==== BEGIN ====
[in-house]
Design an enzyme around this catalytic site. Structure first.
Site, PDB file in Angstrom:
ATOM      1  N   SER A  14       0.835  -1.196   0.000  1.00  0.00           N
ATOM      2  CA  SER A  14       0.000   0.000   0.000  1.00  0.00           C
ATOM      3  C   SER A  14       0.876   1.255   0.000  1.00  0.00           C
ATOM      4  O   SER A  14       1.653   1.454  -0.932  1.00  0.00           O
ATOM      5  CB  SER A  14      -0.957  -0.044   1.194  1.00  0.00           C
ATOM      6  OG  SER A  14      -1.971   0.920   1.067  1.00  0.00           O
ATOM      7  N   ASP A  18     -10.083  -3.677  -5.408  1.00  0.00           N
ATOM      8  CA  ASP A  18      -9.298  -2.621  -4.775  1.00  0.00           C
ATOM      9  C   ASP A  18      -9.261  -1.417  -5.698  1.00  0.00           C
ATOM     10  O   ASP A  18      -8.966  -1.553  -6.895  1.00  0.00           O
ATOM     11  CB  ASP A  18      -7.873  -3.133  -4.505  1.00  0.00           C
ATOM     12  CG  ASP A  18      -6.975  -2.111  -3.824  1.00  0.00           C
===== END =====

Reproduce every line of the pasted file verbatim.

[in-house]
Design an enzyme around this catalytic site. Structure first.
Site, PDB file in Angstrom:
ATOM      1  N   SER A  14       0.835  -1.196   0.000  1.00  0.00           N
ATOM      2  CA  SER A  14       0.000   0.000   0.000  1.00  0.00           C
ATOM      3  C   SER A  14       0.876   1.255   0.000  1.00  0.00           C
ATOM      4  O   SER A  14       1.653   1.454  -0.932  1.00  0.00           O
ATOM      5  CB  SER A  14      -0.957  -0.044   1.194  1.00  0.00           C
ATOM      6  OG  SER A  14      -1.971   0.920   1.067  1.00  0.00           O
ATOM      7  N   ASP A  18     -10.083  -3.677  -5.408  1.00  0.00           N
ATOM      8  CA  ASP A  18      -9.298  -2.621  -4.775  1.00  0.00           C
ATOM      9  C   ASP A  18      -9.261  -1.417  -5.698  1.00  0.00           C
ATOM     10  O   ASP A  18      -8.966  -1.553  -6.895  1.00  0.00           O
ATOM     11  CB  ASP A  18      -7.873  -3.133  -4.505  1.00  0.00           C
ATOM     12  CG  ASP A  18      -6.975  -2.111  -3.824  1.00  0.00           C